Nanowires highly ‘anelastic,’ research shows
Zinc oxide nanowires return to shape slowly after being bent. That property, called anelasticity, suggests that nanowires might be good in applications that require absorption of shocks or vibrations. Image Credit: Brown University Zhu lab / NC State
Researchers from Brown University and North Carolina State University have found that nanowires made of zinc oxide are highly anelastic, meaning they return to shape slowly after being bent, rather that snapping right back. The findings add one more to the growing list of interesting properties found in nanoscale wires, tiny strands thousands of times thinner than a human hair. “What’s surprising here is the magnitude of the effect,” said Huajian Gao, the Walter H. Annenberg Professor of Engineering and a coauthor of a new paper describing the research. “Anelasticity is present but negligible in many macroscale materials, but becomes prominent at the nanoscale. We show an anelastic effect in nanowires that is four orders of magnitude larger than what is observed in even the most anelastic bulk materials.”
The findings are significant in part because anelastic materials are good absorbers of kinetic energy. These results suggest that nanowires could be useful in damping shocks and vibrations in a wide variety of applications.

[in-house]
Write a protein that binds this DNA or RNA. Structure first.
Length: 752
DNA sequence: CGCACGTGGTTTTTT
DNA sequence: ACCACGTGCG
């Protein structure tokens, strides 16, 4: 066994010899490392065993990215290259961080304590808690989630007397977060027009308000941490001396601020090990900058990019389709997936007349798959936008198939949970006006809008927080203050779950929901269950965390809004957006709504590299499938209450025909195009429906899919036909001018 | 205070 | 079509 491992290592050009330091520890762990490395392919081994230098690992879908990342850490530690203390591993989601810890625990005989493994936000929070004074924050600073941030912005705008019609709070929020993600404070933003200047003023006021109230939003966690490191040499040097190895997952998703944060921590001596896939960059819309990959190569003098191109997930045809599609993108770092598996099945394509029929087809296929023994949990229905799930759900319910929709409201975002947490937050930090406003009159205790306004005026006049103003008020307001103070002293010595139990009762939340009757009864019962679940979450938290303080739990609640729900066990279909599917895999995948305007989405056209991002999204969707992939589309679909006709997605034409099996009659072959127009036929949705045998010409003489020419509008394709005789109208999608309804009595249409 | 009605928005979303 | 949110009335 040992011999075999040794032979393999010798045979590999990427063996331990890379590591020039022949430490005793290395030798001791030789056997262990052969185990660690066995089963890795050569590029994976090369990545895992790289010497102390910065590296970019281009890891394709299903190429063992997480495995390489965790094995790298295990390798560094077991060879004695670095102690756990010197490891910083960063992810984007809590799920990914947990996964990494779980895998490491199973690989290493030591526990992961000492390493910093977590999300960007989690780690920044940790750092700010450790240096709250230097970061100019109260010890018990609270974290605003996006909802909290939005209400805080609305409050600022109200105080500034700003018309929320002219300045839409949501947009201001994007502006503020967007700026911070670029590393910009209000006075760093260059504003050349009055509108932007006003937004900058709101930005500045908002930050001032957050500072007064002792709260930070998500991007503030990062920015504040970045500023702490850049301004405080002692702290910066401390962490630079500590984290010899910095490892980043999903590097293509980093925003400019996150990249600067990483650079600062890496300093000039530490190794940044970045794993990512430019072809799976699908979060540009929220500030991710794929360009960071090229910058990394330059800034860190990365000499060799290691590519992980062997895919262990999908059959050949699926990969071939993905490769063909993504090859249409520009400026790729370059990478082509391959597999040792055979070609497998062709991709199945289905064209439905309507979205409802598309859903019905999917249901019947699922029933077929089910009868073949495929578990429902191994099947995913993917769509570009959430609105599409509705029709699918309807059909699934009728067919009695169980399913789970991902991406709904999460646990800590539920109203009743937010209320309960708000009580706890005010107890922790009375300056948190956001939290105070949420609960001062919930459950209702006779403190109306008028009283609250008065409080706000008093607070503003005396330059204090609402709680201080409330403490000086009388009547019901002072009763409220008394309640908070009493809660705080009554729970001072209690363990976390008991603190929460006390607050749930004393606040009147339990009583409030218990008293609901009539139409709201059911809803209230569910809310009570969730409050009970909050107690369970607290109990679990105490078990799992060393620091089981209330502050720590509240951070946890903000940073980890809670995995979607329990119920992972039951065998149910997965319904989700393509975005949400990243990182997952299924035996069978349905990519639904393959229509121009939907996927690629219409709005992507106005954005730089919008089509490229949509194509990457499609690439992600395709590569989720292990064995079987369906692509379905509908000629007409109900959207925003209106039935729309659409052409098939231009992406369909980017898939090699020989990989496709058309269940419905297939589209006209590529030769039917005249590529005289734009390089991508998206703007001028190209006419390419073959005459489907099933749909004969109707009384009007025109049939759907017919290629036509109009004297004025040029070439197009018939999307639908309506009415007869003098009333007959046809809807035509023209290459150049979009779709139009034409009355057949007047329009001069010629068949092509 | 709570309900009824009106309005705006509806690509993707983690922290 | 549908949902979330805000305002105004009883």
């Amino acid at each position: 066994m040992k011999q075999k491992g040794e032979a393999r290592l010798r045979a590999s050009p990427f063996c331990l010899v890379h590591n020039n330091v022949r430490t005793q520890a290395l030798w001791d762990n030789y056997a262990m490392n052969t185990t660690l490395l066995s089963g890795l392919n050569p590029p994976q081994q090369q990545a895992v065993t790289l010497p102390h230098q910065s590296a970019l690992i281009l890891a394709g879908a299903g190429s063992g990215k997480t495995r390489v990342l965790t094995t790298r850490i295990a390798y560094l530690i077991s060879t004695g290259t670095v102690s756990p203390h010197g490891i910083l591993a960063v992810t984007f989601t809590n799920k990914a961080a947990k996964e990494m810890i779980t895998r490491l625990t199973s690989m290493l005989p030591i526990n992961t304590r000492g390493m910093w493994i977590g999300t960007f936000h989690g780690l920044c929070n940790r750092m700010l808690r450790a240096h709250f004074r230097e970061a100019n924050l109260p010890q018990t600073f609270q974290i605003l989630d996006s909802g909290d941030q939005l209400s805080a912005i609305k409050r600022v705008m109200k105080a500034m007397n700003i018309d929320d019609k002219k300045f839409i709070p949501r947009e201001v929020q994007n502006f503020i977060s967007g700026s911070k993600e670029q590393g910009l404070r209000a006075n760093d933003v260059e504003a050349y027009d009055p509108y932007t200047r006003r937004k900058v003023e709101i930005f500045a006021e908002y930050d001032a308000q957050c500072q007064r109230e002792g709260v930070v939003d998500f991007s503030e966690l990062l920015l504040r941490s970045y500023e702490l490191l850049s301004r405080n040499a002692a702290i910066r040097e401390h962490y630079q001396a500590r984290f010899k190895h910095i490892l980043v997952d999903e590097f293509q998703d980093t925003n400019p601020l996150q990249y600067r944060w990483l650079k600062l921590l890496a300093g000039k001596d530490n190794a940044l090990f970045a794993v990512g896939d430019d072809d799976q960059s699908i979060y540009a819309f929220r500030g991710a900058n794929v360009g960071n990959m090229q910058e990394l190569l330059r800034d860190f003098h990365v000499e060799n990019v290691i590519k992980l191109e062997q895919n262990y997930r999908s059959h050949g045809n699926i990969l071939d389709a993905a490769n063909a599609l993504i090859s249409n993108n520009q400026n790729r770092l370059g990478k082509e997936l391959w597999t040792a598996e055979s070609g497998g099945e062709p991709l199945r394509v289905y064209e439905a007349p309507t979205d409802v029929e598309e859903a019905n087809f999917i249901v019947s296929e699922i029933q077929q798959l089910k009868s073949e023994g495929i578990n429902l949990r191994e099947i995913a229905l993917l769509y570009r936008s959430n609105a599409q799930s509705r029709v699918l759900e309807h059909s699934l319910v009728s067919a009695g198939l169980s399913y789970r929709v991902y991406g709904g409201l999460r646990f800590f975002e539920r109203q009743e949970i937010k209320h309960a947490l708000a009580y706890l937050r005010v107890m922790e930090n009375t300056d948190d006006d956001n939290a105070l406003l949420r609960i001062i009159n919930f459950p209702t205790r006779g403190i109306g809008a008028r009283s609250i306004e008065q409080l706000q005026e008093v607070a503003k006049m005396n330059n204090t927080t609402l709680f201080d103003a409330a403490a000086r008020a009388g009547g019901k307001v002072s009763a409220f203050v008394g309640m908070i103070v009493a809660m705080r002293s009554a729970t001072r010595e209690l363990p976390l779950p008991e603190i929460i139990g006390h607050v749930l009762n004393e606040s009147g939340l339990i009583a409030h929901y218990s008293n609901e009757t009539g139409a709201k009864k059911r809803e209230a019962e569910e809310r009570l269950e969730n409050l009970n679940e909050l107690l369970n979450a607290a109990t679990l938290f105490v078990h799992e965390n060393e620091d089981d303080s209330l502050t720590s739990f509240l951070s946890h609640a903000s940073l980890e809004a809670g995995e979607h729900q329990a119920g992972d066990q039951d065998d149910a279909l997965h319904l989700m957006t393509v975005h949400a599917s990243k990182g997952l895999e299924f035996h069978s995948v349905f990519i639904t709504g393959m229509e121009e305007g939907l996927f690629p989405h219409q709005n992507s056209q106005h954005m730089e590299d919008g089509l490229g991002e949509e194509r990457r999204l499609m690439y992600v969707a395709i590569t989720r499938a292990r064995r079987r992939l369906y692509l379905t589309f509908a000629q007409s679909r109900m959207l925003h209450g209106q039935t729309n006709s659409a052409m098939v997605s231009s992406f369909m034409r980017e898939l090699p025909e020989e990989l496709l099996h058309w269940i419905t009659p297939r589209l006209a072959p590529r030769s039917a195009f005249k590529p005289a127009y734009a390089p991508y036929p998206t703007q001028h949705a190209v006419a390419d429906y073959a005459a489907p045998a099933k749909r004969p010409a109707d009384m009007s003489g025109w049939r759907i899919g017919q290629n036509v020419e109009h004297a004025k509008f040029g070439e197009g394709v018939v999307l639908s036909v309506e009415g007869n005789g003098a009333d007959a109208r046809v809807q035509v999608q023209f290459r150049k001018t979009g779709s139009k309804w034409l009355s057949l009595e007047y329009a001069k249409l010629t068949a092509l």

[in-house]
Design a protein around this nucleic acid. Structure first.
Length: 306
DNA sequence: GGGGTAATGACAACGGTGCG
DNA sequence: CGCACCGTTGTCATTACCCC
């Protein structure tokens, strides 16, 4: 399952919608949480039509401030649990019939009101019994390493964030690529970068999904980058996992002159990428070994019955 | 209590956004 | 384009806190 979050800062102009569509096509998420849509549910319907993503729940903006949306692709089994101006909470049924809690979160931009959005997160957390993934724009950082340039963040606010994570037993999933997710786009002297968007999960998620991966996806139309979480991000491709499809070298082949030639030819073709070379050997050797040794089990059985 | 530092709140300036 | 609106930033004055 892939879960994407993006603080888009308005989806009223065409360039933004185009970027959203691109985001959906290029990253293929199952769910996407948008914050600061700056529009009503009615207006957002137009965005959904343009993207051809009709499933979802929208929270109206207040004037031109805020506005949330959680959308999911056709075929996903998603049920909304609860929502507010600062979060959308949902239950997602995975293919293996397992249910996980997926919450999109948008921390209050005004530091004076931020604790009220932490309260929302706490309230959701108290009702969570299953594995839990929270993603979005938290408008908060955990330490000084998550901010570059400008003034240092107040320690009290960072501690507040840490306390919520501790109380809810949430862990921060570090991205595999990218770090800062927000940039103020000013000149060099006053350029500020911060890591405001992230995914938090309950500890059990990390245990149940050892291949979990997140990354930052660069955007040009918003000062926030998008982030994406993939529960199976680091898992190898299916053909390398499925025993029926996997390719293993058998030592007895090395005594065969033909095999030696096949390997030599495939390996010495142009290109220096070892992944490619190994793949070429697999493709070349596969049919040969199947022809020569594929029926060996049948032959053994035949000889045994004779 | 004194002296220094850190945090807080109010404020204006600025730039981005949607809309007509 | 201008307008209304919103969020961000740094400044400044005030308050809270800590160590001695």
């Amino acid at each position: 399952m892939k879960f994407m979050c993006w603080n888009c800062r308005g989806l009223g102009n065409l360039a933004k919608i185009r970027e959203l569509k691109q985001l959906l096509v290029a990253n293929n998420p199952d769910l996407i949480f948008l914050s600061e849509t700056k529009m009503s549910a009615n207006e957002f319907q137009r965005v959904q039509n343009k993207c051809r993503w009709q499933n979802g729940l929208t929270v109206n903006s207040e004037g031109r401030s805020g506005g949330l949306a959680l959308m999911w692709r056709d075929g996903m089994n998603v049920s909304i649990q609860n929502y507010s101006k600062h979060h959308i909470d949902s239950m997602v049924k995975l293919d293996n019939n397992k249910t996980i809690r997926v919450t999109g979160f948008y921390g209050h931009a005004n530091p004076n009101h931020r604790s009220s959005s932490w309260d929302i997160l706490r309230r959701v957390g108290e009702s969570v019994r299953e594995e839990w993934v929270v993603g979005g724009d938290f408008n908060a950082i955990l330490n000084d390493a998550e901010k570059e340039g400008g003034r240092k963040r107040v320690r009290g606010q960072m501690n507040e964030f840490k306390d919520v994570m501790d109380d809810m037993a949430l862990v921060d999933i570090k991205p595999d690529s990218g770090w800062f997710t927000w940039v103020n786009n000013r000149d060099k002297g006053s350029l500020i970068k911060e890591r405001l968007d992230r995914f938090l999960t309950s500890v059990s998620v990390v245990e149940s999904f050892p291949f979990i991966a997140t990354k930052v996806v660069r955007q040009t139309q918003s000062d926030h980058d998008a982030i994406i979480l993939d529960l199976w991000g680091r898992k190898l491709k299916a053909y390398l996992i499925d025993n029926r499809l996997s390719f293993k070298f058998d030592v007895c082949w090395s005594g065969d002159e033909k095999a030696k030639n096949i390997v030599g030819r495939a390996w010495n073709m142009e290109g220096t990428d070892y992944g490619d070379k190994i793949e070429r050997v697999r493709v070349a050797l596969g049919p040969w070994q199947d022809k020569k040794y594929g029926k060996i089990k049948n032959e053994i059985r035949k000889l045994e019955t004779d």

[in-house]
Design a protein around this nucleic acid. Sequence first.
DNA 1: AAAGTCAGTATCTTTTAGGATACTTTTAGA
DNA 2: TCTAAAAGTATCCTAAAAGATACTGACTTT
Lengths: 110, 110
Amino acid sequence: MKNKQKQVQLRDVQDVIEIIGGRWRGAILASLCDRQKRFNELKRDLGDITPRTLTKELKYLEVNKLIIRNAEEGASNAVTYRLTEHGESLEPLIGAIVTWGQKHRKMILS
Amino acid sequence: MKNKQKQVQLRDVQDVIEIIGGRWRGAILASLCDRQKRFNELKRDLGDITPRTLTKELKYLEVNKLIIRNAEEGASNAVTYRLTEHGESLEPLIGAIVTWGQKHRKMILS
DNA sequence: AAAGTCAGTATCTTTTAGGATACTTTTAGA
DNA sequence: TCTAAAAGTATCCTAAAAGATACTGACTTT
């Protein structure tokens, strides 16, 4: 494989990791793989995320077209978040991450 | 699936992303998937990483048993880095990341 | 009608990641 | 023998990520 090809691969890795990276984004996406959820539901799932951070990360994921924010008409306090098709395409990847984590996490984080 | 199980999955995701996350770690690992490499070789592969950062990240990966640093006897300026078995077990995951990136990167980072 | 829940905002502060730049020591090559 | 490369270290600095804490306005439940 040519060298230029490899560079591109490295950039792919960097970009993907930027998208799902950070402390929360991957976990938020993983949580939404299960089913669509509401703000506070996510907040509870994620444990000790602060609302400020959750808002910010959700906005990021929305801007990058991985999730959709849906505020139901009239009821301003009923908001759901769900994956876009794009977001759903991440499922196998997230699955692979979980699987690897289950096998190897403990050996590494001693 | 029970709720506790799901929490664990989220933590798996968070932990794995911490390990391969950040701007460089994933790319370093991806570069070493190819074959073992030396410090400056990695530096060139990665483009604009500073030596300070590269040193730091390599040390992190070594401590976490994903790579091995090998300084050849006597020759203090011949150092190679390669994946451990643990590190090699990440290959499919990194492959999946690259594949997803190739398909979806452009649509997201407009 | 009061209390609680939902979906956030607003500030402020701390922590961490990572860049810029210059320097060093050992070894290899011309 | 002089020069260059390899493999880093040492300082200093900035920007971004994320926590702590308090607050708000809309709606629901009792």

“During the last decade, zinc oxide nanowire has been recognized as one of the most important nanomaterials with a broad range of applications such as mechanical energy harvesting, solar cells, sensors and actuators,” Gao said. “Our discovery of giant anelasticity and high energy dissipation in zinc oxide nanowires adds a new dimension to their functionality.” The experiments for the study were done in the lab of Yong Zhu, an associate professor of mechanical and aerospace engineering at NC State. Zhu and his colleagues used a delicate apparatus to bend nanowires under a scanning electron microscope. The work showed that, after the bending strain was released, the wires returned to about 80 percent of their original shape quickly. But they recovered the rest of their original shape much more slowly, over the course of up to 20 or 30 minutes. That is a far more prominent anelastic effect than is common at the macroscale.